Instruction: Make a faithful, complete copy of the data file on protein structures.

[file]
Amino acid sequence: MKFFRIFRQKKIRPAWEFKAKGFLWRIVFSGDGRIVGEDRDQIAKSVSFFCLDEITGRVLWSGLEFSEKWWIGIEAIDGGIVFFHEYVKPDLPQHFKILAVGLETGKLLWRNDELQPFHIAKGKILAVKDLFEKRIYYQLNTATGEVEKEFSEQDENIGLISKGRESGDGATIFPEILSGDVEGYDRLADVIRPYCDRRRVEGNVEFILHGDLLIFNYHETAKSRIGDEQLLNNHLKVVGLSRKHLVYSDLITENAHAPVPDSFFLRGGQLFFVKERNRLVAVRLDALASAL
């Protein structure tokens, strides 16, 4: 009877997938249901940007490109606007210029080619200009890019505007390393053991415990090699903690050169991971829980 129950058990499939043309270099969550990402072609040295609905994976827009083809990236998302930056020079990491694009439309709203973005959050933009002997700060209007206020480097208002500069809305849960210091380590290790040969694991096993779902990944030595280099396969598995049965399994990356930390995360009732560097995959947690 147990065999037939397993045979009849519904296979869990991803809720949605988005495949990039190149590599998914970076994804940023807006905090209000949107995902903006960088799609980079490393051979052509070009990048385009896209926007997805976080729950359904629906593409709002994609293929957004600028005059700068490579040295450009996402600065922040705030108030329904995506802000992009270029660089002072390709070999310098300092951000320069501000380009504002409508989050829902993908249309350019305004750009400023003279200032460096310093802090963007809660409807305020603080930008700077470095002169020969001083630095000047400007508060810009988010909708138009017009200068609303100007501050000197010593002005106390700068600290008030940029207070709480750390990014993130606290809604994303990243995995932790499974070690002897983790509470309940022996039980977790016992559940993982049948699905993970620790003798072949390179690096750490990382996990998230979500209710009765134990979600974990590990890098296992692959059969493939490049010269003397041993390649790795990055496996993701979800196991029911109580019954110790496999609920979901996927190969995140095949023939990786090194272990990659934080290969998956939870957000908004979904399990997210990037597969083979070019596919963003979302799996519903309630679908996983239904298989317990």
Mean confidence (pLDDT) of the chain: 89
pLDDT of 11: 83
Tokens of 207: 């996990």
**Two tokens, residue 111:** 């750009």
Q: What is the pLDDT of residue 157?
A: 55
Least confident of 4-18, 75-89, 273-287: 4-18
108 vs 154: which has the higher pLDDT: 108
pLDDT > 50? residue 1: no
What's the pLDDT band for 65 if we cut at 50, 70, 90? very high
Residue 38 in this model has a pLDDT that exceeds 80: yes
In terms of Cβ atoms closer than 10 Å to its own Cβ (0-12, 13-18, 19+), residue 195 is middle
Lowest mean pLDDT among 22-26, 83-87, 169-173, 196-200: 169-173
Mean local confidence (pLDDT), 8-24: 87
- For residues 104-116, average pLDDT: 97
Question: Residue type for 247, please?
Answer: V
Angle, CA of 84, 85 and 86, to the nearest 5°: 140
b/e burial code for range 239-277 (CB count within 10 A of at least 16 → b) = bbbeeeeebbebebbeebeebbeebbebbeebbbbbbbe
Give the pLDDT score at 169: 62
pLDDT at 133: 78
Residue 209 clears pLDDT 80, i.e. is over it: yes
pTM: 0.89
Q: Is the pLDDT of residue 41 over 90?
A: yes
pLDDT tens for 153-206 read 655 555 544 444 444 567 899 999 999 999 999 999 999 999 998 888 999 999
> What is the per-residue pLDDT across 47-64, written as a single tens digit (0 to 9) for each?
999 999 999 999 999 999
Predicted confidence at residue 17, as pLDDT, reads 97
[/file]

Amino acid sequence: MKFFRIFRQKKIRPAWEFKAKGFLWRIVFSGDGRIVGEDRDQIAKSVSFFCLDEITGRVLWSGLEFSEKWWIGIEAIDGGIVFFHEYVKPDLPQHFKILAVGLETGKLLWRNDELQPFHIAKGKILAVKDLFEKRIYYQLNTATGEVEKEFSEQDENIGLISKGRESGDGATIFPEILSGDVEGYDRLADVIRPYCDRRRVEGNVEFILHGDLLIFNYHETAKSRIGDEQLLNNHLKVVGLSRKHLVYSDLITENAHAPVPDSFFLRGGQLFFVKERNRLVAVRLDALASAL
């Protein structure tokens, strides 16, 4: 009877997938249901940007490109606007210029080619200009890019505007390393053991415990090699903690050169991971829980 129950058990499939043309270099969550990402072609040295609905994976827009083809990236998302930056020079990491694009439309709203973005959050933009002997700060209007206020480097208002500069809305849960210091380590290790040969694991096993779902990944030595280099396969598995049965399994990356930390995360009732560097995959947690 147990065999037939397993045979009849519904296979869990991803809720949605988005495949990039190149590599998914970076994804940023807006905090209000949107995902903006960088799609980079490393051979052509070009990048385009896209926007997805976080729950359904629906593409709002994609293929957004600028005059700068490579040295450009996402600065922040705030108030329904995506802000992009270029660089002072390709070999310098300092951000320069501000380009504002409508989050829902993908249309350019305004750009400023003279200032460096310093802090963007809660409807305020603080930008700077470095002169020969001083630095000047400007508060810009988010909708138009017009200068609303100007501050000197010593002005106390700068600290008030940029207070709480750390990014993130606290809604994303990243995995932790499974070690002897983790509470309940022996039980977790016992559940993982049948699905993970620790003798072949390179690096750490990382996990998230979500209710009765134990979600974990590990890098296992692959059969493939490049010269003397041993390649790795990055496996993701979800196991029911109580019954110790496999609920979901996927190969995140095949023939990786090194272990990659934080290969998956939870957000908004979904399990997210990037597969083979070019596919963003979302799996519903309630679908996983239904298989317990």
Mean confidence (pLDDT) of the chain: 89
pLDDT of 11: 83
Tokens of 207: 């996990």
**Two tokens, residue 111:** 């750009």
Q: What is the pLDDT of residue 157?
A: 55
Least confident of 4-18, 75-89, 273-287: 4-18
108 vs 154: which has the higher pLDDT: 108
pLDDT > 50? residue 1: no
What's the pLDDT band for 65 if we cut at 50, 70, 90? very high
Residue 38 in this model has a pLDDT that exceeds 80: yes
In terms of Cβ atoms closer than 10 Å to its own Cβ (0-12, 13-18, 19+), residue 195 is middle
Lowest mean pLDDT among 22-26, 83-87, 169-173, 196-200: 169-173
Mean local confidence (pLDDT), 8-24: 87
- For residues 104-116, average pLDDT: 97
Question: Residue type for 247, please?
Answer: V
Angle, CA of 84, 85 and 86, to the nearest 5°: 140
b/e burial code for range 239-277 (CB count within 10 A of at least 16 → b) = bbbeeeeebbebebbeebeebbeebbebbeebbbbbbbe
Give the pLDDT score at 169: 62
pLDDT at 133: 78
Residue 209 clears pLDDT 80, i.e. is over it: yes
pTM: 0.89
Q: Is the pLDDT of residue 41 over 90?
A: yes
pLDDT tens for 153-206 read 655 555 544 444 444 567 899 999 999 999 999 999 999 999 998 888 999 999
> What is the per-residue pLDDT across 47-64, written as a single tens digit (0 to 9) for each?
999 999 999 999 999 999
Predicted confidence at residue 17, as pLDDT, reads 97